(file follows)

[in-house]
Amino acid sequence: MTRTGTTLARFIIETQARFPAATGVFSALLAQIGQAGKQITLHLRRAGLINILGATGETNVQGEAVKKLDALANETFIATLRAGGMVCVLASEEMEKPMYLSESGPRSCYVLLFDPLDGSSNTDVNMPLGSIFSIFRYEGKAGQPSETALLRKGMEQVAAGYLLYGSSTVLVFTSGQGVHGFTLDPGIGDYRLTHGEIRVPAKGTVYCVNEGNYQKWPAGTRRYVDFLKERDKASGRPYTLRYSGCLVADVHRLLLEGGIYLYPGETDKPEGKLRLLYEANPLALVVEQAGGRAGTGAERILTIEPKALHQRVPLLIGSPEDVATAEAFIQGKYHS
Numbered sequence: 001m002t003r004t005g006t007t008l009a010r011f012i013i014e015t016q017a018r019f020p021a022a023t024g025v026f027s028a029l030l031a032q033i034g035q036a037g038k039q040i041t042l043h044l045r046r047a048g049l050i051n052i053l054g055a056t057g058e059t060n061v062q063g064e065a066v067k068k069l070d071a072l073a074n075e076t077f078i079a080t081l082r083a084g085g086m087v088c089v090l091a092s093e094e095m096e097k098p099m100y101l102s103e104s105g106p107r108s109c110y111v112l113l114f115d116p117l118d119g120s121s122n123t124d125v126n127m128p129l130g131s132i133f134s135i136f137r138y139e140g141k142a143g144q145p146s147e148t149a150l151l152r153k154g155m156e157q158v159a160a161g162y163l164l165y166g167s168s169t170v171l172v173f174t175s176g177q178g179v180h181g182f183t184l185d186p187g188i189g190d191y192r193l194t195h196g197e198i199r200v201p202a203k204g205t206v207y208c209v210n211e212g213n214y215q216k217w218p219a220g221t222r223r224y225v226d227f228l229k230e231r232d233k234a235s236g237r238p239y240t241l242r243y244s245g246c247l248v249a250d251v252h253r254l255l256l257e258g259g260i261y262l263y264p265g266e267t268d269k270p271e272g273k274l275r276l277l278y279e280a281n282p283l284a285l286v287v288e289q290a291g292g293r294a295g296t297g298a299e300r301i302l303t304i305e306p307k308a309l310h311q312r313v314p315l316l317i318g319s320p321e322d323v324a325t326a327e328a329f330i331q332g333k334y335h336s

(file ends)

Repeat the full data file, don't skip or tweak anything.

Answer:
[in-house]
Amino acid sequence: MTRTGTTLARFIIETQARFPAATGVFSALLAQIGQAGKQITLHLRRAGLINILGATGETNVQGEAVKKLDALANETFIATLRAGGMVCVLASEEMEKPMYLSESGPRSCYVLLFDPLDGSSNTDVNMPLGSIFSIFRYEGKAGQPSETALLRKGMEQVAAGYLLYGSSTVLVFTSGQGVHGFTLDPGIGDYRLTHGEIRVPAKGTVYCVNEGNYQKWPAGTRRYVDFLKERDKASGRPYTLRYSGCLVADVHRLLLEGGIYLYPGETDKPEGKLRLLYEANPLALVVEQAGGRAGTGAERILTIEPKALHQRVPLLIGSPEDVATAEAFIQGKYHS
Numbered sequence: 001m002t003r004t005g006t007t008l009a010r011f012i013i014e015t016q017a018r019f020p021a022a023t024g025v026f027s028a029l030l031a032q033i034g035q036a037g038k039q040i041t042l043h044l045r046r047a048g049l050i051n052i053l054g055a056t057g058e059t060n061v062q063g064e065a066v067k068k069l070d071a072l073a074n075e076t077f078i079a080t081l082r083a084g085g086m087v088c089v090l091a092s093e094e095m096e097k098p099m100y101l102s103e104s105g106p107r108s109c110y111v112l113l114f115d116p117l118d119g120s121s122n123t124d125v126n127m128p129l130g131s132i133f134s135i136f137r138y139e140g141k142a143g144q145p146s147e148t149a150l151l152r153k154g155m156e157q158v159a160a161g162y163l164l165y166g167s168s169t170v171l172v173f174t175s176g177q178g179v180h181g182f183t184l185d186p187g188i189g190d191y192r193l194t195h196g197e198i199r200v201p202a203k204g205t206v207y208c209v210n211e212g213n214y215q216k217w218p219a220g221t222r223r224y225v226d227f228l229k230e231r232d233k234a235s236g237r238p239y240t241l242r243y244s245g246c247l248v249a250d251v252h253r254l255l256l257e258g259g260i261y262l263y264p265g266e267t268d269k270p271e272g273k274l275r276l277l278y279e280a281n282p283l284a285l286v287v288e289q290a291g292g293r294a295g296t297g298a299e300r301i302l303t304i305e306p307k308a309l310h311q312r313v314p315l316l317i318g319s320p321e322d323v324a325t326a327e328a329f330i331q332g333k334y335h336s